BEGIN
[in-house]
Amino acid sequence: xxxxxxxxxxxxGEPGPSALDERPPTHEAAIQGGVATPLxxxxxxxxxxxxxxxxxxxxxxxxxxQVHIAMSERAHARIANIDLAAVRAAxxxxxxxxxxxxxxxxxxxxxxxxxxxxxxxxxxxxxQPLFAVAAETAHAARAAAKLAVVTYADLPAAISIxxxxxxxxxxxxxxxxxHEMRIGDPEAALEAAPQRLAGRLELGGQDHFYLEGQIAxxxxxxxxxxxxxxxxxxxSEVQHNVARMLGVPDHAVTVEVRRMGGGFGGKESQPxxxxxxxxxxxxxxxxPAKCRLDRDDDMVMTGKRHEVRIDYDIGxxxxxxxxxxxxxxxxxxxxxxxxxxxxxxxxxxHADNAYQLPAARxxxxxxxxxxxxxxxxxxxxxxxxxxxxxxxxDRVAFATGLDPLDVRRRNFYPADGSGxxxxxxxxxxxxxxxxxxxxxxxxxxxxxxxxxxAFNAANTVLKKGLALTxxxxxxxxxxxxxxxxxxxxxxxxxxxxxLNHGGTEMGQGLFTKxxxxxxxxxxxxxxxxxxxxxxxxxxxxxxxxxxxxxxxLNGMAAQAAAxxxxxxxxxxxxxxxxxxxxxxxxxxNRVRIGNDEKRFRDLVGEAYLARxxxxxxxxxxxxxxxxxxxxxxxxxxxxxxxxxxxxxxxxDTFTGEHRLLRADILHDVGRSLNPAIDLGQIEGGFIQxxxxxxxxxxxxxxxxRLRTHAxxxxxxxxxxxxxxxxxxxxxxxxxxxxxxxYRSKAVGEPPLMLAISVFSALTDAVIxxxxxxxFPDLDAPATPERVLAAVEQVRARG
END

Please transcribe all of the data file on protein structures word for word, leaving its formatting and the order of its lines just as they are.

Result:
[in-house]
Amino acid sequence: xxxxxxxxxxxxGEPGPSALDERPPTHEAAIQGGVATPLxxxxxxxxxxxxxxxxxxxxxxxxxxQVHIAMSERAHARIANIDLAAVRAAxxxxxxxxxxxxxxxxxxxxxxxxxxxxxxxxxxxxxQPLFAVAAETAHAARAAAKLAVVTYADLPAAISIxxxxxxxxxxxxxxxxxHEMRIGDPEAALEAAPQRLAGRLELGGQDHFYLEGQIAxxxxxxxxxxxxxxxxxxxSEVQHNVARMLGVPDHAVTVEVRRMGGGFGGKESQPxxxxxxxxxxxxxxxxPAKCRLDRDDDMVMTGKRHEVRIDYDIGxxxxxxxxxxxxxxxxxxxxxxxxxxxxxxxxxxHADNAYQLPAARxxxxxxxxxxxxxxxxxxxxxxxxxxxxxxxxDRVAFATGLDPLDVRRRNFYPADGSGxxxxxxxxxxxxxxxxxxxxxxxxxxxxxxxxxxAFNAANTVLKKGLALTxxxxxxxxxxxxxxxxxxxxxxxxxxxxxLNHGGTEMGQGLFTKxxxxxxxxxxxxxxxxxxxxxxxxxxxxxxxxxxxxxxxLNGMAAQAAAxxxxxxxxxxxxxxxxxxxxxxxxxxNRVRIGNDEKRFRDLVGEAYLARxxxxxxxxxxxxxxxxxxxxxxxxxxxxxxxxxxxxxxxxDTFTGEHRLLRADILHDVGRSLNPAIDLGQIEGGFIQxxxxxxxxxxxxxxxxRLRTHAxxxxxxxxxxxxxxxxxxxxxxxxxxxxxxxYRSKAVGEPPLMLAISVFSALTDAVIxxxxxxxFPDLDAPATPERVLAAVEQVRARG